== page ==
At the nonprofit Camp Carefree in North Carolina, children with chronic illnesses like cancer, epilepsy and spina bifida are given a free week of summer camp — seven days “where kids can just be kids,” to borrow the camp’s motto.
But three years ago, a favorite Camp Carefree activity — canoeing — had to be shelved. The camp didn’t have enough volunteers to help campers get in and out of the canoes.
That’s when the Venturers stepped in. Members of Crew 151 from Greensboro, N.C. (Old North State Council), spent a day at Camp Carefree as volunteers. They helped campers safely enter and exit the boats, made lasting friendships and pushed campers who use wheelchairs up a steep hill from the lake to the main area of camp.
Helping Camp Carefree resume its canoeing program is just one in a series of examples of Crew 151’s commitment to helping others and preparing young people for life.
“Being in this crew has allowed me the opportunity to have a second family of people who I can depend on and who will always be there for me,” says Venturer Marcus Davis. “It also gives me amazing opportunities to meet new people, expand my horizons and give back to my community.”
Forming the crew
Michael Matzinger and Evainna Ross co-founded Crew 151 in 2016. He’s president of the board at the crew’s chartered organization, The Sparrow’s Nest, a nonprofit dedicated to giving young Black men in Greensboro the opportunity to develop into servant leaders. And she’s the executive director of The Sparrow’s Nest.
”Scouting is for all young people — regardless of family economic situation or ethnicity,” Matzinger says. “That’s a great message to get out.”
The crew’s number was not selected at random. Matzinger says he read this Bryan on Scouting blog post about the Rev. Martin Luther King Jr.’s time in Scouting. King was a registered member of Troop 151 in Atlanta, so Crew 151 seemed a natural choice.
Crew 151’s 30 Venturers keep busy all year long with a variety of activities, including:
- Service: The crew operates a food pantry, serves a local elementary school through the BSA Adopt-A-School program and cleaned up a low-income part of Greensboro after a storm.
- Education: The Venturers sharpen their public speaking skills through sessions with a local high school speech and debate team, meet monthly with a NASDAQ executive who teaches them about financial literacy, and participate in a crew book club.
- Mentorship: Each crew member has a mentor in a career field that matches one he would like to explore. Mentors include an Emmy Award winner, an engineer who works for SpaceX, a private investigator and more.
- Fundraising: To raise money for its activities, Crew 151 holds an annual fashion show where male members of the community model clothes. The Venturers host the program and read poetry at the popular event.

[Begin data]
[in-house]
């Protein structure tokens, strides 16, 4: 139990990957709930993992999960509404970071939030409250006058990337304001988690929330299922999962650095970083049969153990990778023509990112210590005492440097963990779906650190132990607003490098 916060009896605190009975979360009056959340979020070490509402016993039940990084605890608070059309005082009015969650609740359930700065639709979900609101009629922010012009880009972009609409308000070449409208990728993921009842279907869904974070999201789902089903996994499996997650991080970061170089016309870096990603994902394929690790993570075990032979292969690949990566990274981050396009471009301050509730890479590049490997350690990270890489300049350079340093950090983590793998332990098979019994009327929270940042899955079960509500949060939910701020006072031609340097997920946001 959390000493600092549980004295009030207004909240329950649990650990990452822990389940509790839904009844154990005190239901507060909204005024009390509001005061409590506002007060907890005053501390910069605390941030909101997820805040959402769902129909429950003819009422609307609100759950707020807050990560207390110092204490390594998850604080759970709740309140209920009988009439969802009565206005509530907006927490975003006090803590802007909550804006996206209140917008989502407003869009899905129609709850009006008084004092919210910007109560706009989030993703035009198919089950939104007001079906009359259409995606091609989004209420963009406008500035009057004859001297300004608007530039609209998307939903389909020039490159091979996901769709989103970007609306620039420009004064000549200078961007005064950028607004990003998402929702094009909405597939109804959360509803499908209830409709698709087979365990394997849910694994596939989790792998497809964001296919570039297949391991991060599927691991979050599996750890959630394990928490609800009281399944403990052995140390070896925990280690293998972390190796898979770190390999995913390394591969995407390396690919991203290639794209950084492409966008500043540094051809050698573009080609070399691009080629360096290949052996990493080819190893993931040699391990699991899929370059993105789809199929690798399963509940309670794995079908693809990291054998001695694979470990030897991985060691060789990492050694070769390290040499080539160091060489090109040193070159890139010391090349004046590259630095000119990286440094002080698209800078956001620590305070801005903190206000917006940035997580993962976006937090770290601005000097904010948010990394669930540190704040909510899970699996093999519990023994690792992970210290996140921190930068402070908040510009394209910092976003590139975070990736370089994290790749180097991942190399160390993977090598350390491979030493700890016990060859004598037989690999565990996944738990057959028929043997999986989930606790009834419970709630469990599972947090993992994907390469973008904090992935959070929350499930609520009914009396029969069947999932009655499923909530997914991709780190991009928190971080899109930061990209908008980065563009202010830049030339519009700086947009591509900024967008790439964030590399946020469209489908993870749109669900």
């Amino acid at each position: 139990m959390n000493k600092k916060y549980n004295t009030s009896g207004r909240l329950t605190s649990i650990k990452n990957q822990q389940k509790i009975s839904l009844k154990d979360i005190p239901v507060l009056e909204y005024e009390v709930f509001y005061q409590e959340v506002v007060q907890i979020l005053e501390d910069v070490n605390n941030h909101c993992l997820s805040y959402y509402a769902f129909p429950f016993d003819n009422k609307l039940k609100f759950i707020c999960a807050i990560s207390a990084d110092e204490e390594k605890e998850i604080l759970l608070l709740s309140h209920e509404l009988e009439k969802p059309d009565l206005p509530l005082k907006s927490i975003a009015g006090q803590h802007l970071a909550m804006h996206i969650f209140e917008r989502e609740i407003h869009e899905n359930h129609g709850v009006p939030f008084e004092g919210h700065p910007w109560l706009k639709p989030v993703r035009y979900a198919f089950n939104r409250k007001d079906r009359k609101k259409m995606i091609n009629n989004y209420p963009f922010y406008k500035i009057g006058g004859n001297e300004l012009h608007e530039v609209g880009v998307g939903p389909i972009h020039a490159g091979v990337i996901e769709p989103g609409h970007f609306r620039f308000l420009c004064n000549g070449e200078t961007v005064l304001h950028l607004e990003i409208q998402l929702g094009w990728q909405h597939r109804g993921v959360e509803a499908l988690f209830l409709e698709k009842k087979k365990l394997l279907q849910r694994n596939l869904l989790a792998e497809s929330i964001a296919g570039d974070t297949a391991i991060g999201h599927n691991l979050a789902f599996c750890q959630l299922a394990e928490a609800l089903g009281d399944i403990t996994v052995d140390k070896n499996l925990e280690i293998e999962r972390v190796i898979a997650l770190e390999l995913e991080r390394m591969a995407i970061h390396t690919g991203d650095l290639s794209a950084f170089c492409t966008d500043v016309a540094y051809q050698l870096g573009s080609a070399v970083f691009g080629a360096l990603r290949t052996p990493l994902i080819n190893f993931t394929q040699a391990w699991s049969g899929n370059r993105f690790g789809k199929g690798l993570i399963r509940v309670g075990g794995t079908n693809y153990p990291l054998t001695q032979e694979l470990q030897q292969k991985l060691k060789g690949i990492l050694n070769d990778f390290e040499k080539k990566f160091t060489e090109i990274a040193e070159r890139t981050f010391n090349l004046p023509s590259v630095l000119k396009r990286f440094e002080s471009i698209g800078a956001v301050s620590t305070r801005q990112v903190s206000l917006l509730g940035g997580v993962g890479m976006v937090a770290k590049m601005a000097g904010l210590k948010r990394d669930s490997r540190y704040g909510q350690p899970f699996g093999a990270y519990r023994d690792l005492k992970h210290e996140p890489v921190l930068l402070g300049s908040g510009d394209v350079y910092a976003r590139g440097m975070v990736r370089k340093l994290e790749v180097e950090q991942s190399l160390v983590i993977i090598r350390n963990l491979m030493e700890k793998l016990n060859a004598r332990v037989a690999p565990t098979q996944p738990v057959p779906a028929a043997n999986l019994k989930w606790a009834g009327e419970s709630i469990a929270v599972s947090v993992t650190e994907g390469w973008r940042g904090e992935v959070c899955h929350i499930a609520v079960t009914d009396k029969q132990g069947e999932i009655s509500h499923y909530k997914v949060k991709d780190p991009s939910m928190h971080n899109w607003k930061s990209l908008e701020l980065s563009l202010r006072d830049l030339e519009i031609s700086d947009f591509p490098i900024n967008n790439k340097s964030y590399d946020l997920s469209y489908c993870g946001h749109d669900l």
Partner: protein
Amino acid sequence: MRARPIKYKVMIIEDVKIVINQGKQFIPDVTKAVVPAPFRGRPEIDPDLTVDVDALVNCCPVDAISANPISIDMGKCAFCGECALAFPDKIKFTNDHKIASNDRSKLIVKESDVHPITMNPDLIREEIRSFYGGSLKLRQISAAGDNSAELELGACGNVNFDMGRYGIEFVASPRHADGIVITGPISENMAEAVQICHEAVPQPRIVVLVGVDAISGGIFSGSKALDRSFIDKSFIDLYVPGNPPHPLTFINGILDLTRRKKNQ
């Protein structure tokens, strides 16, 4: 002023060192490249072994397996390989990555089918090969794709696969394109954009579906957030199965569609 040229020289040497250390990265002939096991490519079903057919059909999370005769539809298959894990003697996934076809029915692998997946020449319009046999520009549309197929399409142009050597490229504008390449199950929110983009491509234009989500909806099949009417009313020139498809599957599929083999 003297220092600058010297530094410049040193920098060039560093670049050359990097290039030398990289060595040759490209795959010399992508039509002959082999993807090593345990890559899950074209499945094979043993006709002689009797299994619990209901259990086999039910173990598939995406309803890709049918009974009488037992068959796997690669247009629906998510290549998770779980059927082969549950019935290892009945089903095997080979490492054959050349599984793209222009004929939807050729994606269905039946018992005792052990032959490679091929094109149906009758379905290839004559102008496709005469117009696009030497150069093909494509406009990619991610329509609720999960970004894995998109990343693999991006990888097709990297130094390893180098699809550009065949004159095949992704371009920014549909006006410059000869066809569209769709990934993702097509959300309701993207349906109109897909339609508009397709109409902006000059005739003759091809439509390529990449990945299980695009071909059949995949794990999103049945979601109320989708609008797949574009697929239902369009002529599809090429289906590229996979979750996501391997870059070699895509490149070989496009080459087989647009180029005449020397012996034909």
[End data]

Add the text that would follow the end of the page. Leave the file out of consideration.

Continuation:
- Fun: Crew 151 travels (during non-pandemic times) to cities across the U.S., including Philadelphia, Atlanta and New Orleans. Closer to home, the Venturers love to play games, write and perform poetry, and attend sporting events.
In keeping with the program’s flexibility, Venturing has no official uniform. That means crew members may wear what they want.
In Crew 151, the Venturers voted to wear a T-shirt and hooded sweatshirt as their “activity uniform.” On the backs of each, the crew has printed the names of individuals and businesses that have supported them — a campaign they call “We Have Your Back.”
For their more formal uniform, the crew members opted to wear sharp-looking black suits. They earn pieces of the suit as they participate in the program — hence the crew’s other name: The Black Suit Initiative.
Matzinger says The Sparrow’s Nest chose to start a Venturing crew (rather than pursuing a different youth-serving organization) because “Scouting provides some strategic structure with a set of common principles — a mission, vision, aims and methods,” he says.
Beyond Scouting’s time-tested values, Scouting offers opportunities these young people couldn’t find anywhere else — like a weeklong ropes course program at Cherokee Scout Reservation. Scouting also offers insurance, provides top-notch training for adult leaders and mandates Youth Protection practices designed to keep young people safe.
BSA membership also allows the Venturers to partner with local Scout units — including Troop 600B, Troop 219G and Ship 3 — as they work together to bring about positive changes in the community.
In September 2020, members of Crew 151 volunteered at Alexandra Santiago’s Eagle Scout service project. While wearing face coverings and maintaining social distancing, the Venturers helped Alex construct a “blessing box” that will house nonperishable food items for families in need. The box will be available around the clock for people struggling with food insecurity. Members of Crew 151 are responsible for managing this outdoor food pantry to ensure it remains fully stocked.
For Matzinger, acts of service like this one are just what our nation needs right now.
“They need Scouting, and Scouting needs them,” Matzinger says. “We need to bring our country together, and that can start with our youth.”
Matzinger isn’t the only adult who has noticed Scouting’s positive effects on these Venturers. Parents see it, too.
“My son was very shy and wouldn’t say much,” Paulette Bernard says of her son Deondre. “After being in the program, he has ignited like a wildfire. He’s taken on more leadership roles and people count on him.”
Leslie Bailey has seen something similar happen to her son, Isaiah Starke.
“I have watched him evolve,” she says. “This program has taught him the meaning of accountability and pushed him beyond his comfort zone. Isaiah has discovered that he is a leader.”
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